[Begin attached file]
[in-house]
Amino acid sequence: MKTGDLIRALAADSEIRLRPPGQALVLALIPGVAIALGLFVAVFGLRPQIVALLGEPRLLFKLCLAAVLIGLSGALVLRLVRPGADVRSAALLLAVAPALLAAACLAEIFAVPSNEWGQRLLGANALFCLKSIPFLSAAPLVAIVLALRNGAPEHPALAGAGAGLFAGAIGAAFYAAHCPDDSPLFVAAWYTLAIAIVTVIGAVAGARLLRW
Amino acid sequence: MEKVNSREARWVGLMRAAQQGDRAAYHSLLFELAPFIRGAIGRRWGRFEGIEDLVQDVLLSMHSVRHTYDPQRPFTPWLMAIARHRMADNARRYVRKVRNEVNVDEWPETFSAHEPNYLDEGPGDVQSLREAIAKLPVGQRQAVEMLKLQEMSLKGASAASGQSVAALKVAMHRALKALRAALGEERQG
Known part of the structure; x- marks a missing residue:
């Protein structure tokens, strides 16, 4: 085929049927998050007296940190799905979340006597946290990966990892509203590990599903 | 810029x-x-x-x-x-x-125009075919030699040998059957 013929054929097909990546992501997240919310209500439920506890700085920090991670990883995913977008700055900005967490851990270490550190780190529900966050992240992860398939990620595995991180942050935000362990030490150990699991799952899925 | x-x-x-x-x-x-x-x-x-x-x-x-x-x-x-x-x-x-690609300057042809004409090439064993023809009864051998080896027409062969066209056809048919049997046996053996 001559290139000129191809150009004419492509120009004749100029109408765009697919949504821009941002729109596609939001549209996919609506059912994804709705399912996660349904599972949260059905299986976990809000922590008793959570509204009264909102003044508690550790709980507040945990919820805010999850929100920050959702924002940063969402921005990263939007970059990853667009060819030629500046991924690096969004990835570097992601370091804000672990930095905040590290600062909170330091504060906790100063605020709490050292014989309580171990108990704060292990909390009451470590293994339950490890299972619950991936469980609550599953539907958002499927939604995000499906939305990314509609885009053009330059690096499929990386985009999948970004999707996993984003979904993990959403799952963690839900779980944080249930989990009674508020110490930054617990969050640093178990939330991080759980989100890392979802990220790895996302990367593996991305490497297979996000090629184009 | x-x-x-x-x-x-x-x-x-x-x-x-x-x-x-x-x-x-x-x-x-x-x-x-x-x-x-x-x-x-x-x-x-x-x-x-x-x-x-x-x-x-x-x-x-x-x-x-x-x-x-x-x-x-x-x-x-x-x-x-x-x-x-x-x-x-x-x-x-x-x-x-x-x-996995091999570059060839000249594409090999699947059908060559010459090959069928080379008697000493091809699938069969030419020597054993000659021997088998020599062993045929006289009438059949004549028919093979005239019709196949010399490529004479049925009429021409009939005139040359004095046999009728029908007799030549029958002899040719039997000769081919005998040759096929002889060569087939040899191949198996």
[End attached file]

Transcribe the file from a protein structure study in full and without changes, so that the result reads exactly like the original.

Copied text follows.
[in-house]
Amino acid sequence: MKTGDLIRALAADSEIRLRPPGQALVLALIPGVAIALGLFVAVFGLRPQIVALLGEPRLLFKLCLAAVLIGLSGALVLRLVRPGADVRSAALLLAVAPALLAAACLAEIFAVPSNEWGQRLLGANALFCLKSIPFLSAAPLVAIVLALRNGAPEHPALAGAGAGLFAGAIGAAFYAAHCPDDSPLFVAAWYTLAIAIVTVIGAVAGARLLRW
Amino acid sequence: MEKVNSREARWVGLMRAAQQGDRAAYHSLLFELAPFIRGAIGRRWGRFEGIEDLVQDVLLSMHSVRHTYDPQRPFTPWLMAIARHRMADNARRYVRKVRNEVNVDEWPETFSAHEPNYLDEGPGDVQSLREAIAKLPVGQRQAVEMLKLQEMSLKGASAASGQSVAALKVAMHRALKALRAALGEERQG
Known part of the structure; x- marks a missing residue:
């Protein structure tokens, strides 16, 4: 085929049927998050007296940190799905979340006597946290990966990892509203590990599903 | 810029x-x-x-x-x-x-125009075919030699040998059957 013929054929097909990546992501997240919310209500439920506890700085920090991670990883995913977008700055900005967490851990270490550190780190529900966050992240992860398939990620595995991180942050935000362990030490150990699991799952899925 | x-x-x-x-x-x-x-x-x-x-x-x-x-x-x-x-x-x-690609300057042809004409090439064993023809009864051998080896027409062969066209056809048919049997046996053996 001559290139000129191809150009004419492509120009004749100029109408765009697919949504821009941002729109596609939001549209996919609506059912994804709705399912996660349904599972949260059905299986976990809000922590008793959570509204009264909102003044508690550790709980507040945990919820805010999850929100920050959702924002940063969402921005990263939007970059990853667009060819030629500046991924690096969004990835570097992601370091804000672990930095905040590290600062909170330091504060906790100063605020709490050292014989309580171990108990704060292990909390009451470590293994339950490890299972619950991936469980609550599953539907958002499927939604995000499906939305990314509609885009053009330059690096499929990386985009999948970004999707996993984003979904993990959403799952963690839900779980944080249930989990009674508020110490930054617990969050640093178990939330991080759980989100890392979802990220790895996302990367593996991305490497297979996000090629184009 | x-x-x-x-x-x-x-x-x-x-x-x-x-x-x-x-x-x-x-x-x-x-x-x-x-x-x-x-x-x-x-x-x-x-x-x-x-x-x-x-x-x-x-x-x-x-x-x-x-x-x-x-x-x-x-x-x-x-x-x-x-x-x-x-x-x-x-x-x-x-x-x-x-x-996995091999570059060839000249594409090999699947059908060559010459090959069928080379008697000493091809699938069969030419020597054993000659021997088998020599062993045929006289009438059949004549028919093979005239019709196949010399490529004479049925009429021409009939005139040359004095046999009728029908007799030549029958002899040719039997000769081919005998040759096929002889060569087939040899191949198996």